Almost every St. Paul parent going through a child custody matter want what is best for their kids. But two parents raising the same children do not necessarily agree on what that “best” is.
Parenting time is a crucial example. Though most parents going through divorce want their kids to spend time with their ex, the spouses often do not agree how to divide parenting time, at least at first. Each of them might feel that the kids would be better off living with them most of the time. Often, both sides have good cases for having primary custody.
Minnesota’s child custody law and dispute process
Minnesota’s child custody law begins with the presumption that each parent is entitled to custody of the kids at least 25 percent of the time. When the parents cannot work out how the divide the other 50 percent of parenting time, and alternative dispute resolution techniques like mediation cannot help, the judge steps in. They consider 12 factors laid out in the law to decide the parenting plan order. Each parent presents evidence to support their preferred arrangement.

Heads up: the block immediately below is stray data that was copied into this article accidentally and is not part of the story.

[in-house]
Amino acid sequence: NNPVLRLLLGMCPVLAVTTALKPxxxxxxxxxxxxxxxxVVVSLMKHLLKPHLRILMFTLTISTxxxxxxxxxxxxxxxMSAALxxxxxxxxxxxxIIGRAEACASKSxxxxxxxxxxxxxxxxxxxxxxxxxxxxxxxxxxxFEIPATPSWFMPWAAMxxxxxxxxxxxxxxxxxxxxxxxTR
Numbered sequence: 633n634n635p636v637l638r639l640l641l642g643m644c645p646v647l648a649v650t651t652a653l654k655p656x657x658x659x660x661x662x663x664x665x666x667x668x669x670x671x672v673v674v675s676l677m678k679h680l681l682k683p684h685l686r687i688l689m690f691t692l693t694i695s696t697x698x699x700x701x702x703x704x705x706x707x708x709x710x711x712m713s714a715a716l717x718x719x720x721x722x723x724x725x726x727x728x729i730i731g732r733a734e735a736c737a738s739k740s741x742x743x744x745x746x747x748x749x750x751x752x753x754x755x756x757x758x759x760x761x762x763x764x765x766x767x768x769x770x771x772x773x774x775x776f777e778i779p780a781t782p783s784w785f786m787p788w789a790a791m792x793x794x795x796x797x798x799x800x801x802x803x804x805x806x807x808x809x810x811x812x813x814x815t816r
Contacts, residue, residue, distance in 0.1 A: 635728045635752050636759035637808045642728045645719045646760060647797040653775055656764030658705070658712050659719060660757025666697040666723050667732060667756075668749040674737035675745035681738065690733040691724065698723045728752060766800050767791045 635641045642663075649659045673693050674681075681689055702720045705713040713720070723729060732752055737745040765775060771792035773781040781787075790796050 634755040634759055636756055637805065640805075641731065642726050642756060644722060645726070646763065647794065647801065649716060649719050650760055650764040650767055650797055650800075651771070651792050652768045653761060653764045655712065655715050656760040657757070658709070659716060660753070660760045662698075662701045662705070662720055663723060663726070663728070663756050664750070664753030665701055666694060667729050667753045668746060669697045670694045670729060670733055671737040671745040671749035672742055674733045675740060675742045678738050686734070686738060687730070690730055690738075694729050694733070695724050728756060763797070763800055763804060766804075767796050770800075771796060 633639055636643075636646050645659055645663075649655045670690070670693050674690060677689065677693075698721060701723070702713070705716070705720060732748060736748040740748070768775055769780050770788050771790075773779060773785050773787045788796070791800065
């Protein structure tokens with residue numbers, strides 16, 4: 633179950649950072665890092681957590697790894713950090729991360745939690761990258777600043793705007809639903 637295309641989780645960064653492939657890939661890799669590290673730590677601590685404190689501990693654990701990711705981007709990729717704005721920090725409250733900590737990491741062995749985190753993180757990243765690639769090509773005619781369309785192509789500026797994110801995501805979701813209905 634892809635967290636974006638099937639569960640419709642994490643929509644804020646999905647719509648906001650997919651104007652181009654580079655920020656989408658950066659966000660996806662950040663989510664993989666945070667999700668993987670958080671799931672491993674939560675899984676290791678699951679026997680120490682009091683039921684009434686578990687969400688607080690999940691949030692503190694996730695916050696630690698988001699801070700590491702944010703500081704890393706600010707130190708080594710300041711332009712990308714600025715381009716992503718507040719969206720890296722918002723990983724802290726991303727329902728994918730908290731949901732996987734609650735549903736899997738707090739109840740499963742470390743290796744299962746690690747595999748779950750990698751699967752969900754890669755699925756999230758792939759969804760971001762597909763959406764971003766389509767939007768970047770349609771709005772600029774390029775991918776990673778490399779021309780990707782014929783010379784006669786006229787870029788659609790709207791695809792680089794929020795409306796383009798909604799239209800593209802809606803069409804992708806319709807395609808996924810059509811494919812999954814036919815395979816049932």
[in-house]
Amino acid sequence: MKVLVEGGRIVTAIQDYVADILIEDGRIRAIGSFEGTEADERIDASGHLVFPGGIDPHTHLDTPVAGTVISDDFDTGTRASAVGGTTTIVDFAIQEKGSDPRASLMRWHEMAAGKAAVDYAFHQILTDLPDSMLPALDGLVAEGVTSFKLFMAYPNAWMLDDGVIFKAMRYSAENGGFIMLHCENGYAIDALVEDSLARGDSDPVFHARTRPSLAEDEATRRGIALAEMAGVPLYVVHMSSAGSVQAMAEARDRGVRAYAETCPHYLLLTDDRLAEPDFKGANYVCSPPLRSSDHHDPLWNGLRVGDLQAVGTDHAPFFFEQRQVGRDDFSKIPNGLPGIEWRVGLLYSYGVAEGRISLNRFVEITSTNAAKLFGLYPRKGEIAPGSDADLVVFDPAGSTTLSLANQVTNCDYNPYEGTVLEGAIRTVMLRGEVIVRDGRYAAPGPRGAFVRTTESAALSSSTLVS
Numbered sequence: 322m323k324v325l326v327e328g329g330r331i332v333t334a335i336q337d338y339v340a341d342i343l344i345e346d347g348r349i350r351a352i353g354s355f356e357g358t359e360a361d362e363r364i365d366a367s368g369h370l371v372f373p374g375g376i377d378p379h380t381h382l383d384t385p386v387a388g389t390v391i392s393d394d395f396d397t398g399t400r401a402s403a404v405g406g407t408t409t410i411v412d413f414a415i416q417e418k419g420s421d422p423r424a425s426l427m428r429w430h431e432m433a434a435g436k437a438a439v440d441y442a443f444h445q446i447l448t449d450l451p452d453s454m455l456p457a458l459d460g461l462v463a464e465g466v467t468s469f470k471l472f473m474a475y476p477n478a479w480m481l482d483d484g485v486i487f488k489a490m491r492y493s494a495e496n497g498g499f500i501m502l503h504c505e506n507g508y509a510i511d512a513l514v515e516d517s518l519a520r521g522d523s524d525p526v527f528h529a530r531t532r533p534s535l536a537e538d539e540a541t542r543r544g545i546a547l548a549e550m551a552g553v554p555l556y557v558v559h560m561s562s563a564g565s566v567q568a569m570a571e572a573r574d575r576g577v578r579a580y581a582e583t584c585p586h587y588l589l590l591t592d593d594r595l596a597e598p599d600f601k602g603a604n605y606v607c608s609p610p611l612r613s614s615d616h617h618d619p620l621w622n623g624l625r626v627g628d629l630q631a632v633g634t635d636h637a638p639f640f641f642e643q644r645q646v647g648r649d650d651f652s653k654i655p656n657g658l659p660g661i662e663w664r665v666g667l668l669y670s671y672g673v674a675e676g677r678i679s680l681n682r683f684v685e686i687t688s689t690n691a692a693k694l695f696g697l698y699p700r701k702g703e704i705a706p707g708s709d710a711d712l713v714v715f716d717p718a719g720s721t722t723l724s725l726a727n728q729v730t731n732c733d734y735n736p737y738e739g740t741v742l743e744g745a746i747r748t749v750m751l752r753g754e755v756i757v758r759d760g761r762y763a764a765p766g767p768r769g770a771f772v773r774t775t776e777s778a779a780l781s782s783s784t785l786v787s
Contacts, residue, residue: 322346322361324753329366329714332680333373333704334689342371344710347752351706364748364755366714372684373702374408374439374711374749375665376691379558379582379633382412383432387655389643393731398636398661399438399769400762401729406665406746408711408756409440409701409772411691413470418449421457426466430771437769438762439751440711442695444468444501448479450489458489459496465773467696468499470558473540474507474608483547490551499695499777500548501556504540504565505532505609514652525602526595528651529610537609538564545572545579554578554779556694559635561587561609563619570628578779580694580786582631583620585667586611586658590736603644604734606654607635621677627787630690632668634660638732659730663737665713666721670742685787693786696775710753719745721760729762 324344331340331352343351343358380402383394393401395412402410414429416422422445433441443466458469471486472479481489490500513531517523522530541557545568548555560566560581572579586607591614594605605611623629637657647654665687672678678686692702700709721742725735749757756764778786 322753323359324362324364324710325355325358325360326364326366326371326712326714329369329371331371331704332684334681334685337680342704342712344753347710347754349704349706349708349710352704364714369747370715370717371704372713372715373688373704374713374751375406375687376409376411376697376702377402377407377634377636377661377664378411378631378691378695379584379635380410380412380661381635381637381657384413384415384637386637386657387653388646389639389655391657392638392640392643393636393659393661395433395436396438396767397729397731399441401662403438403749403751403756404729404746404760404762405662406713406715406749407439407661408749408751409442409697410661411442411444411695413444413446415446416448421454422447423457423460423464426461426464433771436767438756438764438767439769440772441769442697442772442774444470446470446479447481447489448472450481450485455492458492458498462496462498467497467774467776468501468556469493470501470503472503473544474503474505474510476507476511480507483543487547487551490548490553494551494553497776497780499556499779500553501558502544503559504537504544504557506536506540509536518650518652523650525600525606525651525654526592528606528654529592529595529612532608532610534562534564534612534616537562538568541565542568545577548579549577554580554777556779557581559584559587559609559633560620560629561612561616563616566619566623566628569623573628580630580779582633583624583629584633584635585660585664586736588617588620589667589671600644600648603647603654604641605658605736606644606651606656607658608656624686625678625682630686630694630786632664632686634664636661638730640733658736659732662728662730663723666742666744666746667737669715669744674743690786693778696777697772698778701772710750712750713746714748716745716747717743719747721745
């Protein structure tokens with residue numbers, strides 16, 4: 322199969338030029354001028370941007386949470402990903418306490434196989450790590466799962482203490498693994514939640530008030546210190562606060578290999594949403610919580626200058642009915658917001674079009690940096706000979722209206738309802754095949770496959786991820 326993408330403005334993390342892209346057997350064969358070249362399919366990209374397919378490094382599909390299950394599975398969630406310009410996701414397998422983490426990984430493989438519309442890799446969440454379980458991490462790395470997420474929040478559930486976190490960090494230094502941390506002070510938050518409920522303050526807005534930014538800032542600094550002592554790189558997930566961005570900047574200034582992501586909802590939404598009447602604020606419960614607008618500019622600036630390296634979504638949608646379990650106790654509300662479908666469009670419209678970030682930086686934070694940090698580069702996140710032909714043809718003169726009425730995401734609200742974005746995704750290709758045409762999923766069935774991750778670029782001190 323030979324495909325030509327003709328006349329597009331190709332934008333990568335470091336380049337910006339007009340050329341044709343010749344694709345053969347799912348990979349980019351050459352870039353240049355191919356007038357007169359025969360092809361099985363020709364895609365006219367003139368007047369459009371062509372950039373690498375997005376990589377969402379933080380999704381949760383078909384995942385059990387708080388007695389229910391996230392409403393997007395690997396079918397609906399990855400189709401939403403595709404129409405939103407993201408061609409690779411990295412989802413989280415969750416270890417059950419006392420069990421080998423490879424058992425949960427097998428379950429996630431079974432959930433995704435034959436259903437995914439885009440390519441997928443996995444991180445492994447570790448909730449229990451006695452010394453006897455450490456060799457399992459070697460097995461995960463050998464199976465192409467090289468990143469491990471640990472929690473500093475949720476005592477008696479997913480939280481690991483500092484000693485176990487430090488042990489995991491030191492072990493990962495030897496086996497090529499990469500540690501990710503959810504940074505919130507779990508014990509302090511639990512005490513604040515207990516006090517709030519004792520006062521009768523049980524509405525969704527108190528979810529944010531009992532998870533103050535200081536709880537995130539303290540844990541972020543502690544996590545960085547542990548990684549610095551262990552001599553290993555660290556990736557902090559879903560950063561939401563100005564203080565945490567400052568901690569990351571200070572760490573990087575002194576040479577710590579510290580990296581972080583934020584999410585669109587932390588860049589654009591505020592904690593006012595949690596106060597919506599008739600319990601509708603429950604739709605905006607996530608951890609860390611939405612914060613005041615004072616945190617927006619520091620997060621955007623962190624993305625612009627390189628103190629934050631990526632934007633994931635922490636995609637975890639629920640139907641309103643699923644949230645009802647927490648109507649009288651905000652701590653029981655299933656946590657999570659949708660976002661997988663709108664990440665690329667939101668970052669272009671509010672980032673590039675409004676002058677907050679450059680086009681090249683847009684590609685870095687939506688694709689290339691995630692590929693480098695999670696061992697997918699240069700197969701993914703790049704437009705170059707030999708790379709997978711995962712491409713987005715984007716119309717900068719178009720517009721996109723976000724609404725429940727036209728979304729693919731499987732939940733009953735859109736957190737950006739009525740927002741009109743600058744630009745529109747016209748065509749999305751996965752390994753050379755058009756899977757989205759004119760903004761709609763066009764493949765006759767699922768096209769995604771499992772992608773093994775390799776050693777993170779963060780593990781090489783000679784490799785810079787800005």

Unfair to dads?
But some parents and activists in Minnesota and across the country say the system is not even-handed. Many of them believe that courts favor mothers in child custody disputes. They are calling for a change to the law that would presume the parents will share parenting time 50-50 unless one or both of them provide evidence that this would not be in the best interests of the children.
This debate has been going on for a while in Minnesota. A bill to create a joint custody presumption failed to pass the House in 2019. And it is likely to continue. Fortunately, most unmarried or divorcing parents find a way to compromise and work out a solution out of court with their attorneys’ help.